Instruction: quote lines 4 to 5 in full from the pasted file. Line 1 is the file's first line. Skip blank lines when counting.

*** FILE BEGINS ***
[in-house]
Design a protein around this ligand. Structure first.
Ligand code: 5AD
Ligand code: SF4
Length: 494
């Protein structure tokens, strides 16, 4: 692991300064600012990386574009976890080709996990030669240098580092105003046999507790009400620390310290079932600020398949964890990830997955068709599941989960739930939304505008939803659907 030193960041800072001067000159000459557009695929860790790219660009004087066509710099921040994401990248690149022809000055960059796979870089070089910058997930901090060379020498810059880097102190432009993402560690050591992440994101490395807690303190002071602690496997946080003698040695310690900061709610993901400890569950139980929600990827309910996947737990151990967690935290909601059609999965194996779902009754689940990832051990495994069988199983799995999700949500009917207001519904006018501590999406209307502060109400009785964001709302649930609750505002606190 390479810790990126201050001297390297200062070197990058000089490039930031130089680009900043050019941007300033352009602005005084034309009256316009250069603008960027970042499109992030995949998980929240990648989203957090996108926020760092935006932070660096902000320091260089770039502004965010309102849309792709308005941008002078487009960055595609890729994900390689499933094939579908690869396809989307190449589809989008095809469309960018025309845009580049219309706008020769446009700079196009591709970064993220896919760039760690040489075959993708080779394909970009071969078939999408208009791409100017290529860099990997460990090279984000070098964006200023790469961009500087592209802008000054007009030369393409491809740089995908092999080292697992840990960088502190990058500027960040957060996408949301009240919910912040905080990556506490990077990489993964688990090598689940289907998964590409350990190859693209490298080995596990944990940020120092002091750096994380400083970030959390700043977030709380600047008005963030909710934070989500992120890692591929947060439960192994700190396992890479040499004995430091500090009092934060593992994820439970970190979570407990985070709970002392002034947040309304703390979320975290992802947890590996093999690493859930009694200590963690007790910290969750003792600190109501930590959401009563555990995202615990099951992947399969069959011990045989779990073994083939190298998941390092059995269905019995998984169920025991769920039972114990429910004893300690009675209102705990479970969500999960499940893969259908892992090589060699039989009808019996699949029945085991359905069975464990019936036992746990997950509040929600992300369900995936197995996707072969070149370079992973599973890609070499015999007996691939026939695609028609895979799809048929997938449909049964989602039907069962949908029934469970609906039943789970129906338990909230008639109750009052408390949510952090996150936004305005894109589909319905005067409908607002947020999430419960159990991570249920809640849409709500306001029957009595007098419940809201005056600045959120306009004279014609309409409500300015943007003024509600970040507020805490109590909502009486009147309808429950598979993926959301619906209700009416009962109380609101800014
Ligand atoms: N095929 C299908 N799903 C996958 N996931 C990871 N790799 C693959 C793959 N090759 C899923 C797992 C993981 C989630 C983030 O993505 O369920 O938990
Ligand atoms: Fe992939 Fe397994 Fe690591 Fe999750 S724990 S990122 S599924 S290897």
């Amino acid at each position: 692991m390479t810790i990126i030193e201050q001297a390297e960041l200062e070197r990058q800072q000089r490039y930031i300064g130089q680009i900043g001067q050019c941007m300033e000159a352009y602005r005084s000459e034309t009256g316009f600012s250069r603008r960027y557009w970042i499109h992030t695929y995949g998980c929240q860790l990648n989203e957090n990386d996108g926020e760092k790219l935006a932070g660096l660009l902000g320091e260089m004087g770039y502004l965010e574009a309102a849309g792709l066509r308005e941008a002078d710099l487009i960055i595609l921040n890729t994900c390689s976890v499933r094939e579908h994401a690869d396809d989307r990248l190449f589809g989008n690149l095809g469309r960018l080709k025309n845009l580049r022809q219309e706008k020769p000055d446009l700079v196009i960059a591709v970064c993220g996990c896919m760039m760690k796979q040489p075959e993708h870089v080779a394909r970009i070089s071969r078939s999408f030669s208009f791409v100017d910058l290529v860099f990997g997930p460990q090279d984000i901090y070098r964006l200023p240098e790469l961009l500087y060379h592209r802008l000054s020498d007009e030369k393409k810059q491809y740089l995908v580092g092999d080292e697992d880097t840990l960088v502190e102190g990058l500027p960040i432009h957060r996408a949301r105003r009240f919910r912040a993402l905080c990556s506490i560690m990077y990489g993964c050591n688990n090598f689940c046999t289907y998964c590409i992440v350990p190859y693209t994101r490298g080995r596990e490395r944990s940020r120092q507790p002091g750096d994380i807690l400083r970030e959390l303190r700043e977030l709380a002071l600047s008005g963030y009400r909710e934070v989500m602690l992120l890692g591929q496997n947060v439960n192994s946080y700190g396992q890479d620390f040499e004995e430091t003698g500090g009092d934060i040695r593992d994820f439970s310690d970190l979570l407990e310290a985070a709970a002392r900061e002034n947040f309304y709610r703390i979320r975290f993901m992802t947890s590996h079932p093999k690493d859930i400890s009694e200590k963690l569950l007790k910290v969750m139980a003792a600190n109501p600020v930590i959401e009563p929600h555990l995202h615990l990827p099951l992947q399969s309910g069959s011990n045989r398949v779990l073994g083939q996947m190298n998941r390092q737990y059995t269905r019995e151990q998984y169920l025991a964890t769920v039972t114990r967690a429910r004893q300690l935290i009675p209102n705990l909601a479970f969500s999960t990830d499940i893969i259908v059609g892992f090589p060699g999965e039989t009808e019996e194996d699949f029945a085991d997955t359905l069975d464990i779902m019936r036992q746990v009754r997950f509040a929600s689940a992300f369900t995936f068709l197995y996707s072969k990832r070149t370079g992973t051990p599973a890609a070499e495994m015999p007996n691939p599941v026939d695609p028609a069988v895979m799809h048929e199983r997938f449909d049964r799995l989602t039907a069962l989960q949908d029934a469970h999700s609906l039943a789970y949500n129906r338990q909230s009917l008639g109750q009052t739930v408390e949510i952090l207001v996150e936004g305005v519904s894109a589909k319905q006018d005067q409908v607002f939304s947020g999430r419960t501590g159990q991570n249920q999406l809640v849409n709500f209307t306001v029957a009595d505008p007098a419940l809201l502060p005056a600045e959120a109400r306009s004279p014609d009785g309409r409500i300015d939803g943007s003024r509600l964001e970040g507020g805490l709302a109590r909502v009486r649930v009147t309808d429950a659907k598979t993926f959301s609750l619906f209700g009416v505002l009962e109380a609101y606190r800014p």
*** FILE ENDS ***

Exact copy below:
Ligand code: SF4
Length: 494